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Case Study Furosemide Resistance

A A 26-year-old woman with nephrotic syndrome comes to your office because of worsening edema. Her medications include clonidine 0.1 mg orally twice daily and furosemide 200 mg orally twice daily. On physical examination, her blood pressure is 120/85 mm Hg, and she has generalized massive edema (anasarca). The rest of the examination is unremarkable.

Labatory Studies

Serum creatinine 1.9 mg/dL

Serum albumin 2.0 g/dL

24-hour urine protein excretion 13.0 g

24-hour urine sodium excretion 74.0 mEq

Which of the following factors may contribute to resistance to furosemide in this patient?

(A) Reduced bioavailability

(B) Reduced active tubular secretion of furosemide by the proximal tubule organic acid secretory mechanism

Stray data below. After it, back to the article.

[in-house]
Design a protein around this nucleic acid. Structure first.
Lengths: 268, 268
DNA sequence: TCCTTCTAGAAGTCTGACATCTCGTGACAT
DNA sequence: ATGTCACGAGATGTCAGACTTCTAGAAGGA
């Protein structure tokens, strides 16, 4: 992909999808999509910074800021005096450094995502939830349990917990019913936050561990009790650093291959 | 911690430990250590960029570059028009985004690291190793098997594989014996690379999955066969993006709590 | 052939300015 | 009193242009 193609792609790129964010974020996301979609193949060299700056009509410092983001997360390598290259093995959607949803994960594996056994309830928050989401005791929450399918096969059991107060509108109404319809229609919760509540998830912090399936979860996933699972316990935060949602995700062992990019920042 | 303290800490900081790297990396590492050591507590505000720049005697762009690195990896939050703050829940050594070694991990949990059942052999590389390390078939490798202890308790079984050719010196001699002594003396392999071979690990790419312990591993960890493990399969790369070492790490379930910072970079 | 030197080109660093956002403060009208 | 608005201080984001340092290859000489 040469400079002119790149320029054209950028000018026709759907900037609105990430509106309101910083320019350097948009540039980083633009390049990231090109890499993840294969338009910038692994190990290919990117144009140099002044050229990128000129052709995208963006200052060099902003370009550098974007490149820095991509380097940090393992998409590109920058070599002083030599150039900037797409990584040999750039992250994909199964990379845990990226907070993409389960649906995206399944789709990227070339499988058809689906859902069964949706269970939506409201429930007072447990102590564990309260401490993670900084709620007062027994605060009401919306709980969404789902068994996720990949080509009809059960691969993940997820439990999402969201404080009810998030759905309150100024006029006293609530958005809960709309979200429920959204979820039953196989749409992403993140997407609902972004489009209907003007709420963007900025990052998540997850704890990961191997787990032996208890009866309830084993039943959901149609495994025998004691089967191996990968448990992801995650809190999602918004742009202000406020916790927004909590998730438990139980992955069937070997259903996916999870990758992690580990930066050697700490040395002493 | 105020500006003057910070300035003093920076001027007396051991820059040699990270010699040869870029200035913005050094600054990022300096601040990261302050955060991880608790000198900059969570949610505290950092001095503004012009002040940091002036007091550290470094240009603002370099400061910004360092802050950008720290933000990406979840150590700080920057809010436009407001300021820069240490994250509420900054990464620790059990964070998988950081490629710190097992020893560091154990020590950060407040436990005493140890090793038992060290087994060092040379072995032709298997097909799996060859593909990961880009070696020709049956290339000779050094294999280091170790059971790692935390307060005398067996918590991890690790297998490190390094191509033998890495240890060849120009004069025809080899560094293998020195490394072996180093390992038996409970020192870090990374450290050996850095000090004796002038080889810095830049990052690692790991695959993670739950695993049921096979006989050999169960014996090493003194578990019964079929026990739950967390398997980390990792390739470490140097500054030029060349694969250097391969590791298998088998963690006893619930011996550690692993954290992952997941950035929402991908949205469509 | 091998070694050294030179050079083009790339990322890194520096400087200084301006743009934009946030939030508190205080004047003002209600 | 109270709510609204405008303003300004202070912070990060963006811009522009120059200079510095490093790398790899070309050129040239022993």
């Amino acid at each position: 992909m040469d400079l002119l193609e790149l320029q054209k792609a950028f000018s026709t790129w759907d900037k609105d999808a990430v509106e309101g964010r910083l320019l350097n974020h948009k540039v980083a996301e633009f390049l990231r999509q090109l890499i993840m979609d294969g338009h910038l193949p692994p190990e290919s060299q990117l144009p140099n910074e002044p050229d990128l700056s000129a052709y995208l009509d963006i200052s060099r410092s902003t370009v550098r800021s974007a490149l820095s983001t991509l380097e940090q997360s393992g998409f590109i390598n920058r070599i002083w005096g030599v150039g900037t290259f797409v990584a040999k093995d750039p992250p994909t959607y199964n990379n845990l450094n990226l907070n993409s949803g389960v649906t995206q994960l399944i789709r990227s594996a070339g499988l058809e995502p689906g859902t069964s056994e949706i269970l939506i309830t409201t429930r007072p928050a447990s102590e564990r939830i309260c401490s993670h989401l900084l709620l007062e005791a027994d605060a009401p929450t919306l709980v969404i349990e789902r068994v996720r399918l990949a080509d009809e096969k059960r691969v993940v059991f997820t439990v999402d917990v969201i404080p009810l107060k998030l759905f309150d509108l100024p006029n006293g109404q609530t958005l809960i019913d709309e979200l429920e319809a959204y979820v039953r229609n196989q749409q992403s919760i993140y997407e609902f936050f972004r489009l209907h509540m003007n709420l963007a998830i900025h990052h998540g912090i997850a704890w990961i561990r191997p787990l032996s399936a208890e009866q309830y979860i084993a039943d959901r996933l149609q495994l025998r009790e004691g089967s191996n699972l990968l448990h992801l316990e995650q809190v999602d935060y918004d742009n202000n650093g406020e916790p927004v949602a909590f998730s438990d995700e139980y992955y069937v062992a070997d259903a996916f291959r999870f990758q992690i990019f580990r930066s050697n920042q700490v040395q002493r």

(C) Sequestration of furosemide by intraluminal albumin thereby reducing its inhibition of the Na-K-2Cl cotransporter

(D) Increased reabsorption of sodium downstream to the thick ascending limb of Henle's loop

(E) All of the above

E. Intestinal absorption of furosemide is reduced in patients with anasarca due to edema of the intestinal mucosa. All loop diuretics are highly protein bound; therefore the GFR of these agents is negligible. Availability at the luminal site depends on the activity of the organic acid secretory pump in the proximal tubule. In this patient, secretion of loop diuretics is limited because of reduced renal blood flow and accumulation of organic acids in renal insufficiency, which can compete with furosemide for proximal tubule secretion. In animals, albumin in the tubular fluid binds furosemide, preventing its access to the Na-K-2Cl cotransporter. After prolonged use of furosemide, hypertrophy of the distal tubule epithelial cells occurs, indicating compensatory increased reabsorptive capacity.

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